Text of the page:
Seasonal Transitions

Seasonal Transitions

Wow! What a wild weather season it's been. We've had it all — heat, humidity, monsoon-like downpours, wind and more wind, power outages, smoke from the wildfires up and down the west coast, and often with mixed fog from the usual seaside air here. We're grateful that this wasn't the weather in spring while the blueberry plants were in bloom, one gust of wind like we've had this past week would have knocked the majority of the flowers off and that would mean our crop would have been mostly gone. Eesh, farming is wild & wonderful.

We're wrapping up the post-harvest season and getting the plants ready for their annual slumber. Soon we will be mulching to build up tilth. We’ve done this extensively since we took over the 65 year old conventional fields and converted them to organic. Mulching adds nutrients, helps fertility, retains moisture, suppresses weeds and diseases, and keeps their roots warm through the winter months.

Below is a visual of what it takes to run Bow Hill Blueberries:

We've wrapped up some of these items, are about to embark on the first, recently finished the third, and once the leaves fall from the plants, we'll begin the second of pruning every plant by hand. Once finished with the pruning process, we take all the trimmings and add them back to the organic matter that feeds the soil. Then it all begins again.

No rest for the weary, but hey, we love it.

With love and support,

Bow Hill 



P.S. Need an extra bit of encouragement these days? Our friends at Sustainable Connections put some positive encouragement out when they wrote:

Fall is a time of change, and sometimes that change can be dramatic...Professor Aisha Ahmad of the University of Toronto...describes the "six-month wall." After six months of dealing with a major disruption in life, we can feel a bit like things might never get better.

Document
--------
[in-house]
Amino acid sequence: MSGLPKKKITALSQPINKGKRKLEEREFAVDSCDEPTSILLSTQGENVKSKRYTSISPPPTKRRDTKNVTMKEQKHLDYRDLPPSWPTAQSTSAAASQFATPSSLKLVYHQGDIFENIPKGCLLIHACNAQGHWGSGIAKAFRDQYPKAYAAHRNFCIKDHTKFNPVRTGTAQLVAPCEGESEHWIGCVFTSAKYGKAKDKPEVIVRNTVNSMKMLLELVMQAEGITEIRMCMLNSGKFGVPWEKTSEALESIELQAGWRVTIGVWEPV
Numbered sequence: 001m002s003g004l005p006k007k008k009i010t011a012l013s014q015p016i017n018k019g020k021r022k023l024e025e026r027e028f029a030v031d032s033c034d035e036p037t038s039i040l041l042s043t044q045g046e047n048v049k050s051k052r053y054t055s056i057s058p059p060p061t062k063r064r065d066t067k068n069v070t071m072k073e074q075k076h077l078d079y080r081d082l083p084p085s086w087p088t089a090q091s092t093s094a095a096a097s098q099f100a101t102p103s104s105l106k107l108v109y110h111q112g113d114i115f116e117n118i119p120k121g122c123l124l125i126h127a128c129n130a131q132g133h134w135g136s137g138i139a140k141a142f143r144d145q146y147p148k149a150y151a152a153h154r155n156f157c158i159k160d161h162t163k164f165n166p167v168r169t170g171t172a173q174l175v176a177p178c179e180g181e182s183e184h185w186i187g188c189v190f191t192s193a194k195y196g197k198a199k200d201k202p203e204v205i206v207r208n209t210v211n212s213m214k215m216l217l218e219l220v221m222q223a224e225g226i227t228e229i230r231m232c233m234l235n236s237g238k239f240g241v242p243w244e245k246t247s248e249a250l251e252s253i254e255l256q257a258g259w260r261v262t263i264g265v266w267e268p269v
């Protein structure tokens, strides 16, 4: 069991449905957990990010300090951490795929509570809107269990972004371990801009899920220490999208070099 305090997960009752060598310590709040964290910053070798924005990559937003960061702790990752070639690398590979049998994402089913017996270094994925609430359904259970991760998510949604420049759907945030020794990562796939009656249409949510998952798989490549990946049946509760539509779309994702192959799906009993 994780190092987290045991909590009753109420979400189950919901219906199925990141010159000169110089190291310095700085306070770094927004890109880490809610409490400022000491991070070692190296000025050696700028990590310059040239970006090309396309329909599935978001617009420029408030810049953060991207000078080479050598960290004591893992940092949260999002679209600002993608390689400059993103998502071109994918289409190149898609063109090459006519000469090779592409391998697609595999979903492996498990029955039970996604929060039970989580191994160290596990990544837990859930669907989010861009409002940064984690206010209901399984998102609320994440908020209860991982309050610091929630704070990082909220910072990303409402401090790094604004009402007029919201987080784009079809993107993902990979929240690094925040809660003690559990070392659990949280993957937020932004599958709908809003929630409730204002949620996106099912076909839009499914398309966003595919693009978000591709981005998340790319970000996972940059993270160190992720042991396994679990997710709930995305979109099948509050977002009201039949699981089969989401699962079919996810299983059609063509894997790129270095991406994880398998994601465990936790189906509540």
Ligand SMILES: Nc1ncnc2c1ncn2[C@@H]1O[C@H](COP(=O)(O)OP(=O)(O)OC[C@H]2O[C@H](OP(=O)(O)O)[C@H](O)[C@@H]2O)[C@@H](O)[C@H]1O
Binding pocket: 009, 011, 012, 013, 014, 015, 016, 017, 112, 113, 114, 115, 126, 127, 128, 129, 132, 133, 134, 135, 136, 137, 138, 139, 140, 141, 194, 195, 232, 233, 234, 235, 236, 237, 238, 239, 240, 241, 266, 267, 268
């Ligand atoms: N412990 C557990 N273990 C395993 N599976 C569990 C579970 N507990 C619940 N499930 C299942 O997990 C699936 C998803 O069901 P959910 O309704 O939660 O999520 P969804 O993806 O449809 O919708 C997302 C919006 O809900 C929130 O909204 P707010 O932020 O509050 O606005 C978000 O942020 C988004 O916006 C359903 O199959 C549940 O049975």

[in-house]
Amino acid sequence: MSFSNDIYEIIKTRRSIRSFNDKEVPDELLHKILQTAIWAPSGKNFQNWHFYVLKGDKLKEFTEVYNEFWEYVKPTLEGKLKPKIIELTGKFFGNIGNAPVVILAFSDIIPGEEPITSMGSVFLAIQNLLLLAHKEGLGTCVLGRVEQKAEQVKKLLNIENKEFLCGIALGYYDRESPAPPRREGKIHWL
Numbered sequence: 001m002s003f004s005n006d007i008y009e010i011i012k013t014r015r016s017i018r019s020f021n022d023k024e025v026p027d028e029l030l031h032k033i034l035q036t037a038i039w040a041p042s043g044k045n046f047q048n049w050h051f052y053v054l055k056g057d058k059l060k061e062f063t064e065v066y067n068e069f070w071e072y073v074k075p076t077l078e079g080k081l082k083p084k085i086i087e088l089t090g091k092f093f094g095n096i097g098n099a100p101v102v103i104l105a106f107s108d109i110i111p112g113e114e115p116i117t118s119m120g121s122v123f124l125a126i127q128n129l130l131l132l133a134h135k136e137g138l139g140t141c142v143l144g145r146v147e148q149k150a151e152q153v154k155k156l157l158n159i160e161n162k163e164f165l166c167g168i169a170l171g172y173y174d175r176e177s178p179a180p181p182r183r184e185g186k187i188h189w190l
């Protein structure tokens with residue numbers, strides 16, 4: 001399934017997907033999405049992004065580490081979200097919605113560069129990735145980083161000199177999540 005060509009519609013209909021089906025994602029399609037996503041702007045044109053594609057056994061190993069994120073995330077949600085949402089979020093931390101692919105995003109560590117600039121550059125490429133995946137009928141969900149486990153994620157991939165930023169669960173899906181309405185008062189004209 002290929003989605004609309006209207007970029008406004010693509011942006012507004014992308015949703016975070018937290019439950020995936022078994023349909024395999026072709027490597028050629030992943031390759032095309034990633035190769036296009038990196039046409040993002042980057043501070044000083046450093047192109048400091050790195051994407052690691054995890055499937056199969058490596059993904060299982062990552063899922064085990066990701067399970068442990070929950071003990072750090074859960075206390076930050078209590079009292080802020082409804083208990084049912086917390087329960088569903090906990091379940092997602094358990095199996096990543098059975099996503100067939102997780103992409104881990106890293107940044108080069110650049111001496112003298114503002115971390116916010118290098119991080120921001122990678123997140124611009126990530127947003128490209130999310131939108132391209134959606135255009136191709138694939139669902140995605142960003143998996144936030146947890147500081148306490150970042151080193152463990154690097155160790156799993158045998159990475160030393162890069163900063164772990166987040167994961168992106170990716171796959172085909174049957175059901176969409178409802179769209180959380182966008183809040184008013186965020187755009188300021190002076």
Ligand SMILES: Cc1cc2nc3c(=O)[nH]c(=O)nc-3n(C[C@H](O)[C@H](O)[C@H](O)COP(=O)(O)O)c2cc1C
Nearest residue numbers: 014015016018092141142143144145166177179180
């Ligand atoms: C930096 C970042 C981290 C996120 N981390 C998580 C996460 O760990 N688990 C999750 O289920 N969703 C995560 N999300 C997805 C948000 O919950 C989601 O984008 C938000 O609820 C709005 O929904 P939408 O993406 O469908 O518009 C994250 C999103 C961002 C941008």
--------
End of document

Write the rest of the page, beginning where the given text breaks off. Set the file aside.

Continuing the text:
But, she says, they do. We've learned how to get groceries, have meetings, school our kids, exercise, and even socialize safely. This took a lot of mental effort, though, and we need to allow ourselves to recover. What better time than the onset of fall, and what better way than by eating good food?

We have so many options for good, local food to help us break through the six month wall. Farms are still harvesting fresh food and fully stocked with storage crops. Farmers Markets are still selling directly to the public. Restaurants are still up and running with delivery, carry-out, and some with dine-in service. And if  food preservation is a hobby or interest, now is a great time to give a gift to your future self or start on gifts for the holidays.

So if you're feeling stressed out by the ongoing challenges of daily life, take a step back. Think about how you can nourish yourself and your family with good food from local farms, restaurants, grocers, and markets.


We're wishing everyone the best as we push past that six-month wall.  xxoo, Bow Hill
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